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Abstract and Applied Analysis
Volume 2014 (2014), Article ID 131257, 7 pages
http://dx.doi.org/10.1155/2014/131257
Research Article

An SIR Epidemic Model with Time Delay and General Nonlinear Incidence Rate

Key Laboratory of Eco-Environments in Three Gorges Reservoir Region (Ministry of Education), School of Mathematics and Statistics, Southwest University, Chongqing 400715, China

Received 26 December 2013; Accepted 6 January 2014; Published 20 February 2014

Academic Editor: Weiming Wang

Copyright © 2014 Mingming Li and Xianning Liu. This is an open access article distributed under the Creative Commons Attribution License, which permits unrestricted use, distribution, and reproduction in any medium, provided the original work is properly cited.

Abstract

An SIR epidemic model with nonlinear incidence rate and time delay is investigated. The disease transmission function and the rate that infected individuals recovered from the infected compartment are assumed to be governed by general functions and , respectively. By constructing Lyapunov functionals and using the Lyapunov-LaSalle invariance principle, the global asymptotic stability of the disease-free equilibrium and the endemic equilibrium is obtained. It is shown that the global properties of the system depend on both the properties of these general functions and the basic reproductive number .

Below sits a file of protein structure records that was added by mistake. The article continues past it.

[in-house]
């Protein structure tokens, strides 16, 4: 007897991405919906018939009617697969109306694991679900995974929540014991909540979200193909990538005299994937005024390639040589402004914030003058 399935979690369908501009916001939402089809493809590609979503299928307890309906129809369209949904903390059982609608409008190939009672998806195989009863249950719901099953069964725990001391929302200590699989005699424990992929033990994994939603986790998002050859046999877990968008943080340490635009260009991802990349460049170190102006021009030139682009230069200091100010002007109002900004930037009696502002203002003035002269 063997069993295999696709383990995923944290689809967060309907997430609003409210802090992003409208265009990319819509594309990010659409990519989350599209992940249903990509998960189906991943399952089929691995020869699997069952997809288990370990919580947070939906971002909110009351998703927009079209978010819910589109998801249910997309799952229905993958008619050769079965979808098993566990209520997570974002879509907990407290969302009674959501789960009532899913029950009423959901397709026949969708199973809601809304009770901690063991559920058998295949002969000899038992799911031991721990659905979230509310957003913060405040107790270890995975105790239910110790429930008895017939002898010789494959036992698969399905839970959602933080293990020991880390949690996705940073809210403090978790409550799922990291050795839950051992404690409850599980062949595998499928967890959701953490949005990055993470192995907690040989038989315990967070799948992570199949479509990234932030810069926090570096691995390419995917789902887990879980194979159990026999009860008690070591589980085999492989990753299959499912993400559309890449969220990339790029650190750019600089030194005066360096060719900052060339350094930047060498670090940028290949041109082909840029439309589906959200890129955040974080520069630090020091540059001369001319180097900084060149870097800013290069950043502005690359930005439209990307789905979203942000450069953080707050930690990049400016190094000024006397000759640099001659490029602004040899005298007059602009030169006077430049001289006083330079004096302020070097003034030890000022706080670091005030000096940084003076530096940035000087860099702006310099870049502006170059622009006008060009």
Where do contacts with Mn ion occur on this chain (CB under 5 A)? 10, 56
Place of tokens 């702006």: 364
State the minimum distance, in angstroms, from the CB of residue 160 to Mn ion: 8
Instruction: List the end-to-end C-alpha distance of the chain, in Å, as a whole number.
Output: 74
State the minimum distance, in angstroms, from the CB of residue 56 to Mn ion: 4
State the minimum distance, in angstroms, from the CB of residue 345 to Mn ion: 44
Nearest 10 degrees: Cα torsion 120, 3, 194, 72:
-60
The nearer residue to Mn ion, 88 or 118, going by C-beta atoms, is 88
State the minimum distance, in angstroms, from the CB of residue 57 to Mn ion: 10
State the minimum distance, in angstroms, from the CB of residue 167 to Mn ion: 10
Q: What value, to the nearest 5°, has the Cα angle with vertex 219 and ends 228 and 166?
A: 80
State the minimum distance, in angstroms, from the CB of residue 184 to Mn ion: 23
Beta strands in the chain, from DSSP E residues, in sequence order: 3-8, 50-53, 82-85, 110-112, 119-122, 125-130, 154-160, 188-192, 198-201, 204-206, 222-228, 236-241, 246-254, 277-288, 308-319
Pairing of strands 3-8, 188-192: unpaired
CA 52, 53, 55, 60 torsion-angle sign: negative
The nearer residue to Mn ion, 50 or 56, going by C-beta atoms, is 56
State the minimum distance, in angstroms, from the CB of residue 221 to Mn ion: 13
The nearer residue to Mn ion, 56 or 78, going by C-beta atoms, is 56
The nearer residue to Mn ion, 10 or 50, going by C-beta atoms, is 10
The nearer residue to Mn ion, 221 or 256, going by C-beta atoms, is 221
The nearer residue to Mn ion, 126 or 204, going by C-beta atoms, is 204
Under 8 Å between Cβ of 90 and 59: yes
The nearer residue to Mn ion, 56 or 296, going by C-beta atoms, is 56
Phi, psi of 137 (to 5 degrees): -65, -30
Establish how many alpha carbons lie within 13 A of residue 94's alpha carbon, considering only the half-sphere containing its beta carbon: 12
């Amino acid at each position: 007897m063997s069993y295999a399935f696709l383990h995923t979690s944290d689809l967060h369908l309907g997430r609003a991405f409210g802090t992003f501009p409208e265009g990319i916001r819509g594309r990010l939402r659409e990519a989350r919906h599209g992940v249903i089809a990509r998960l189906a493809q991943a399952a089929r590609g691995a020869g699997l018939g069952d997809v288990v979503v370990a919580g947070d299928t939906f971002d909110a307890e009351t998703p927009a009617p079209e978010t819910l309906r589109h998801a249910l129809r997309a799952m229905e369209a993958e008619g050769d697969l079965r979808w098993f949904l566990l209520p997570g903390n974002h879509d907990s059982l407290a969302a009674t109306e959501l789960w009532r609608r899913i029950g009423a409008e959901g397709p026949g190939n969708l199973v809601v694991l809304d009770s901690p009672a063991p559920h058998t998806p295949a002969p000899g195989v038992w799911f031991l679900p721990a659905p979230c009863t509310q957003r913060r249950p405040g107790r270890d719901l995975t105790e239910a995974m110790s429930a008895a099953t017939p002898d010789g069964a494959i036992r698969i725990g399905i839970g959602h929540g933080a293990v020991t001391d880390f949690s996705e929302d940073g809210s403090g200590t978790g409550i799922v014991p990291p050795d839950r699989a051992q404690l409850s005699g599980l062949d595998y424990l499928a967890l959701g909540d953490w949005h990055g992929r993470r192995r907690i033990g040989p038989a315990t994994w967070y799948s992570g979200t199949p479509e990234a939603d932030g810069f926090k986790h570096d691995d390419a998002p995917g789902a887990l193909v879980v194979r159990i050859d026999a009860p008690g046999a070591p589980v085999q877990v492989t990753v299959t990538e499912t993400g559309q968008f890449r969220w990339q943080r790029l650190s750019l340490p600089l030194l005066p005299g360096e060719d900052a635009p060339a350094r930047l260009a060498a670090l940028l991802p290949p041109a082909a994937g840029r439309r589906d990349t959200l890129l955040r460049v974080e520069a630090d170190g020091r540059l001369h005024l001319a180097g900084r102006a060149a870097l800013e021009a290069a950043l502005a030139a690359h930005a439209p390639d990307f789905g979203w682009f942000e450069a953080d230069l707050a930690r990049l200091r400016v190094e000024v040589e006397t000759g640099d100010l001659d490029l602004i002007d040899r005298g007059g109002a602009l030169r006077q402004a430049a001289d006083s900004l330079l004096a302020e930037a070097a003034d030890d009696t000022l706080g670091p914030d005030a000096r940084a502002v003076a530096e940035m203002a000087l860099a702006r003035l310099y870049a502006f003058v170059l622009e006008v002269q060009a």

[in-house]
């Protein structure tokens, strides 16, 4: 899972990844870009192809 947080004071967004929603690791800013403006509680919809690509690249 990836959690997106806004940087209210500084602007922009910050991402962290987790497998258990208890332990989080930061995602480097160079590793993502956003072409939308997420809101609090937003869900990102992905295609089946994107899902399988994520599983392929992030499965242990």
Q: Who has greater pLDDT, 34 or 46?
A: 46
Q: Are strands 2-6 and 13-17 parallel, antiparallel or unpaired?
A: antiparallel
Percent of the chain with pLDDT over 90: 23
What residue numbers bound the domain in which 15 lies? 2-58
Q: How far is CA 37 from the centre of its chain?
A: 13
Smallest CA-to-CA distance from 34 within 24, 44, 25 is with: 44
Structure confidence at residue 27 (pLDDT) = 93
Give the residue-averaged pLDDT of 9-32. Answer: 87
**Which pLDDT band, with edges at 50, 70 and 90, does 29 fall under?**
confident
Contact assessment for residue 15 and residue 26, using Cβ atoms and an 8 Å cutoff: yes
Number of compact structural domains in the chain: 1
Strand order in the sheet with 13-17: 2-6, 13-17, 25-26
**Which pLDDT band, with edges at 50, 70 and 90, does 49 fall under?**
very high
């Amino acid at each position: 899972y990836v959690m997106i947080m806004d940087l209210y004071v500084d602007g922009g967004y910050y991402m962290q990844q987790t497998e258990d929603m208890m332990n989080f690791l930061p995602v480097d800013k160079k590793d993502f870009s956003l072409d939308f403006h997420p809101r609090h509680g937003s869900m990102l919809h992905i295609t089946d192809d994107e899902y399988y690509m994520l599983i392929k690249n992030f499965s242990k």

1. Introduction

The mechanism of transmission is usually qualitatively known for most diseases from epidemiological point of view. For modeling the spread process of infectious diseases mathematically and quantitatively, many classical epidemic models have been proposed and studied, such as SIR, SIS, SEIR, and SIRS models. Recently, considerable attention have been paid to study the dynamics of epidemic models with epidemiological meaningful time delays.

The fundamental assumption in epidemic models is that the population can be divided into distinct groups. The most common groups are the susceptible which contains individuals that may be infected by the disease; the infected which contains individuals that are already infected and can spread the disease to susceptible individuals; the removed which contains individuals that have the immunity and cannot be infected. Therefore such models are referred to SIR models. The simplest forms of these models are ordinary differential equations (ODEs).